attention. The aim of the study was to examine the association between calcium intake and hypertension among obese adults. Methods: A total of 14,856 obese adults aged 20 years or older were obtained from the 1999-2010 National Health and Nutrition Examination Survey. Analysis of variance was used to examine if there was a relationship between calcium intake and blood pressure, SBP or DBP. Multiple logistic regressions were used to examine the association between calcium intake and hypertension after adjusting for potential confounders (energy intake, age, race, education level, alcohol use, smoking, and diabetes). Results: Prevalence of hypertension decreased with an increasing quartile of calcium intake (p<0.0001). Multiple logistic regression showed that lowest quartile of calcium intake was associated with an increased risk of elevated SBP and elevated DBP (Odds Ratio (OR) =1.332, 95% Confidence Interval (CI): 1.084-1.636; OR=1.700, 95% CI: 1.234-2.342, respectively). Compared with adults in the highest quartile of calcium intake, those in lowest quartile had 1.4 times increased risk of hypertension (OR=1.400, 95% CI: 1.157-1.694). Conclusion: Our study provides support of research perspective that inadequate calcium intake may increase the risk of hypertension, high SBP, or high BDP among obese adults. Further studies are needed to understand physiological mechanism. Increasing the calcium intake in obese adults can be considered as a strategy to prevent hypertension.

HUMAN ENTEROPEPTIDASE LIGHT CHAIN: BIOENGINEERING OF RECOMBINANTS AND KINETIC INVESTIGATIONS OF STRUCTURE AND FUNCTION

Eliot T. Smith1 and David A. Johnson1,2
2Department of Biomedical Sciences, Quillen College of Medicine
2Institute for Quantitative Biology
East Tennessee State University, Johnson City, TN

The serine protease enteropeptidase exhibits a high level of substrate specificity for the cleavage sequence DDDDK~X, making this enzyme a useful tool for the separation of recombinant protein fusion domains. In an effort to improve the utility of enteropeptidase for processing fusion proteins and to better understand its structure and function, two substitution variants of human enteropeptidase, designated R96Q and Y174R were created and produced as active (>92%) enzymes secreted by Pichia pastoris with yields in excess of 1.7 mg/Liter. The Y174R variant showed improved specificities for substrates containing the sequences DDDDK (kcat/KM = 6.83 x 10^6 M^-1 sec^-1) and DDDDR (kcat/KM = 1.89 x 10^7 M^-1 sec^-1) relative to all other enteropeptidase variants reported to date. BPTI inhibition of Y174R was significantly decreased. Kinetic data demonstrate the important contribution of the positively charged residue 96 to extended substrate specificity in human enteropeptidase. Modeling shows the importance of the charge–charge interactions in the extended substrate binding pocket.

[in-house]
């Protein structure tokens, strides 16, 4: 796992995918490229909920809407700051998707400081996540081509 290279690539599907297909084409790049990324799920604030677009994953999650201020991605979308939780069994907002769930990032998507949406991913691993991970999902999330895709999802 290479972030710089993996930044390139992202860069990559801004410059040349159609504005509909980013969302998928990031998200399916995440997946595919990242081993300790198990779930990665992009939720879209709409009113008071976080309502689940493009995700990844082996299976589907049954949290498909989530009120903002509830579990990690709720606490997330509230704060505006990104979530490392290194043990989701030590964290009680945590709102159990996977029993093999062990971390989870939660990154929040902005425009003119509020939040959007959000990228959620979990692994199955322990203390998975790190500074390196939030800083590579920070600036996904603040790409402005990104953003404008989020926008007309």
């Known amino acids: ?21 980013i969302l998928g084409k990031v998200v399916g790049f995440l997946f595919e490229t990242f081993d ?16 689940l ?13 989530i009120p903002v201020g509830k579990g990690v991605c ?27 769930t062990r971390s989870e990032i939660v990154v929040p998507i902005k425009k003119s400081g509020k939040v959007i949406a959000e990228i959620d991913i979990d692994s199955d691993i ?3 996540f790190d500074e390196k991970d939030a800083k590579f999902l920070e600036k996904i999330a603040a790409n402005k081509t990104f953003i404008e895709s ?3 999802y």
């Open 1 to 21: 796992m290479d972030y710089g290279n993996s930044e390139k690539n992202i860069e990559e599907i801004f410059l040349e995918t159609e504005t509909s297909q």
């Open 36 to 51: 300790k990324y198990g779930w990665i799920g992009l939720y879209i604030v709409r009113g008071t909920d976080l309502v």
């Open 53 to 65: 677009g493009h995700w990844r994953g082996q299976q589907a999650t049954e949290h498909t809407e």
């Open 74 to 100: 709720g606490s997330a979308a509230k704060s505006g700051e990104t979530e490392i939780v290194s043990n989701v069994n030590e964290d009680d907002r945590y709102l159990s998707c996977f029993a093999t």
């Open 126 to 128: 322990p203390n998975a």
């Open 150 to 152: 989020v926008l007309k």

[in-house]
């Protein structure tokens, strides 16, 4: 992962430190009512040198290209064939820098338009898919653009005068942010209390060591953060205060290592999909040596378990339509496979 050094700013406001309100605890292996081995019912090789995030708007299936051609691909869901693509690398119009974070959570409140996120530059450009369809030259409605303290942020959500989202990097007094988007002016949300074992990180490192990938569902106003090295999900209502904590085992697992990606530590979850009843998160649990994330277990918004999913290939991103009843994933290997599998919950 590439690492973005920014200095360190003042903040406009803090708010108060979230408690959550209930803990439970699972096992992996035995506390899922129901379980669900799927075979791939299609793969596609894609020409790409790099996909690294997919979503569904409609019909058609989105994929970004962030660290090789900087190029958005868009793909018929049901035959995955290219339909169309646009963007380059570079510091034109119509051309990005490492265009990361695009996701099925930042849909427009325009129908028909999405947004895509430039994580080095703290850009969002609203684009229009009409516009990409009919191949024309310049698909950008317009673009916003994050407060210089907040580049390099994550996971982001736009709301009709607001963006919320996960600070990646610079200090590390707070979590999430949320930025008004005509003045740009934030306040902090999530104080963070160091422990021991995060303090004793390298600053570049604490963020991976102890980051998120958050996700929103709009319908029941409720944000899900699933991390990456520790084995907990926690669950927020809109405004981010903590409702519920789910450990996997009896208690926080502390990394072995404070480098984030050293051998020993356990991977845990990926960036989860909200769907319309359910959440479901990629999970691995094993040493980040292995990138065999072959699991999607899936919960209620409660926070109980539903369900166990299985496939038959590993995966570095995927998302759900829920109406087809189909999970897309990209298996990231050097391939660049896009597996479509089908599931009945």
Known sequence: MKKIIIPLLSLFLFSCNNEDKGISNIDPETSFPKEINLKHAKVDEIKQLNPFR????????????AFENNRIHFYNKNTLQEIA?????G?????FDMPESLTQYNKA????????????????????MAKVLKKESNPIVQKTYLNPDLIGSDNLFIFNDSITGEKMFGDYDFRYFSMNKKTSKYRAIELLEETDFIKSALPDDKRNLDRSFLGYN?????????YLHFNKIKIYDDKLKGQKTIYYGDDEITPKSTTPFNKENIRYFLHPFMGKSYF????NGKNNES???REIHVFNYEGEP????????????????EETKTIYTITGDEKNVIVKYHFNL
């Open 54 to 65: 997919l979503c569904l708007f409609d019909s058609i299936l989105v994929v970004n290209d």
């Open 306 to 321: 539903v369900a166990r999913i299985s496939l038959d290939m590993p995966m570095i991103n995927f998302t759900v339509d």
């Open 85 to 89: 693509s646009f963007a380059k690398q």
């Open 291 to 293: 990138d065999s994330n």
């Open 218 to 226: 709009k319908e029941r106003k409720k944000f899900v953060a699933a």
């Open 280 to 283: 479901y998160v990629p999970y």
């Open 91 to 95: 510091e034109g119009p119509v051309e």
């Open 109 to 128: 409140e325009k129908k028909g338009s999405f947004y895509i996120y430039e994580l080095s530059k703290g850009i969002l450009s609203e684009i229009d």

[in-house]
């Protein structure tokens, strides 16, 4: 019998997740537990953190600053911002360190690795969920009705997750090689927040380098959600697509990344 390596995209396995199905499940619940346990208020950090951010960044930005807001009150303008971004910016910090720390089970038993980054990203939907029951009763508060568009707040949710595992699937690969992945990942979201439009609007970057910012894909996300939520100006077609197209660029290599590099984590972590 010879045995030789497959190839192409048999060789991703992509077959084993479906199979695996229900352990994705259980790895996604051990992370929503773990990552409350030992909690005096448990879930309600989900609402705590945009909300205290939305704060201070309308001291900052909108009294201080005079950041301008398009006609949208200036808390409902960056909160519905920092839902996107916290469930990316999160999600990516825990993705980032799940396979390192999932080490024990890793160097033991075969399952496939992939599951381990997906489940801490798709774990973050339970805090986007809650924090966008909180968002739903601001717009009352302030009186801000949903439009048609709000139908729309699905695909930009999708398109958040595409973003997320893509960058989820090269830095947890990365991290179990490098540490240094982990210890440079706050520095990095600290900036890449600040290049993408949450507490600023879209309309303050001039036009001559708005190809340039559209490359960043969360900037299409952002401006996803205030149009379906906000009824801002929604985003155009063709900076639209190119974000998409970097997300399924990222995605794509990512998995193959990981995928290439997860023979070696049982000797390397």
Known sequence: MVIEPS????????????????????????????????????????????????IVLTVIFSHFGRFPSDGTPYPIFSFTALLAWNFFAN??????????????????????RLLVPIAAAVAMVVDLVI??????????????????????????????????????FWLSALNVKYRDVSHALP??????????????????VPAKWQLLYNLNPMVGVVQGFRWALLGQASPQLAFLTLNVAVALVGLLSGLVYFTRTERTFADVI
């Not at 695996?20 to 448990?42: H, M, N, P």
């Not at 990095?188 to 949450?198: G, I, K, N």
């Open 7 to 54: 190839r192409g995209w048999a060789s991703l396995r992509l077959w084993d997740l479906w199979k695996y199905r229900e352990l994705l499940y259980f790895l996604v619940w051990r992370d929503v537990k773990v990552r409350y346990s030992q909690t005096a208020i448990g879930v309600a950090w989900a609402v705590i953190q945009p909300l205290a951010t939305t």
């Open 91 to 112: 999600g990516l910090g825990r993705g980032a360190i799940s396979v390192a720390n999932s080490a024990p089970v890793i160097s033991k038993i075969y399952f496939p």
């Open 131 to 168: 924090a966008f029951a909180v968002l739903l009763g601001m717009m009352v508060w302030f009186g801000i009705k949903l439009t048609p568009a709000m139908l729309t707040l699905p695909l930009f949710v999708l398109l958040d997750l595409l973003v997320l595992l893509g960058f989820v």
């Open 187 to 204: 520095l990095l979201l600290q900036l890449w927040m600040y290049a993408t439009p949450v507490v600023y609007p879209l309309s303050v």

2010:
1. Research supported by NSF-TEQB
2. Research supported by Ronald McNair program
3. Research supported by NSF-REU

Student Project Description Faculty Advisor
Carly Manning 1 Occurrence of the Fecal Pathogens E.coli 0517:H7 and Salmonella
Phil Scheuerman (environmental health)
McKayla Johnson 1

The effects of UV-induced DNA damage on Cell  Growth and DNA Repair

Phil Musich (molecular biology and biochemistry)
Ava Gooding 1 Analyzing Properties of Secondary RNA structures using graph theory Trina Wooten (mathematics & statistics)
Derek Crouthers 1 Analyzing Properties of Secondary RNA structures using graph theory Trina Wooten
 (mathematics & statistics)
Rebecca Leonard 1 Analyzing Properties of Secondary RNA structures using graph theory Trina Wooten
 (mathematics & statistics)
Sharon Cameron 1 Game theory with Defender Learning Lev Yampolsky (biological sciences)
Brigette Prater-Thompson 1   Lev Yampolsky (biological sciences)
Lindsey McAmis 1 Role of Stress in the Onset of Diabetes Mellitus in Mice Edward Onyango (health sciences)
Byron Roland 1 Fire effects on forest habitats: an individual based model Istvan Karsai (biological science)
Austin Rhoten 1 Ab Initio and Semi-empirical Quantum Chemistry Vibrational Calculations of a class of Bisphosphonates Scott Kirkby (chemistry)
Lauren Brooks 1

A Profile of Rural Southern Appalachian HIV Patients: VA versus Community

Foster Levy (biological sciences)
Chelsea Ross 1 Secondary RNA structure, combinatorics and random graphs Anant Godbole
(mathematics & statistics)
Landon Zink 1,3   Yue Zou (biochemistry & molecular biology)
Cade Herron 2 Classifying Human ABC transporters using  graph descriptors Debra Knisley
(mathematics & statistics)
Mychal Bolton 1   Edward Onyango (health sciences)
Lindsey Rogerson 1   Istvan Karsai (biological science)
Haley Stinnett

Localization of calbindin-D28K in the extraembryonic membranes of a highly placentotrophic lizard, Pseudemoia pagenstecher i

James Stewart (biological sciences), Rebecca Pyles(biological sciences) and Tom Ecay (physiology)
Xinyun Cao

Toll-Like Receptor 4 (TLR4) Deficiency and Antagonist for Trauma-Hemorrhage

Race Kao (surgery)
Lee Ragsdale

Chronic Methylphenidate Treatment Decreases BDNF Concentration in the Striatum of Female Adolescent Rats

Russ Brow n (Psychology)
Jeremy Brooks 1 T1 Mapping Diffuse Myocardial Fibrosis Christopher Kramer (Univ.of Virginia)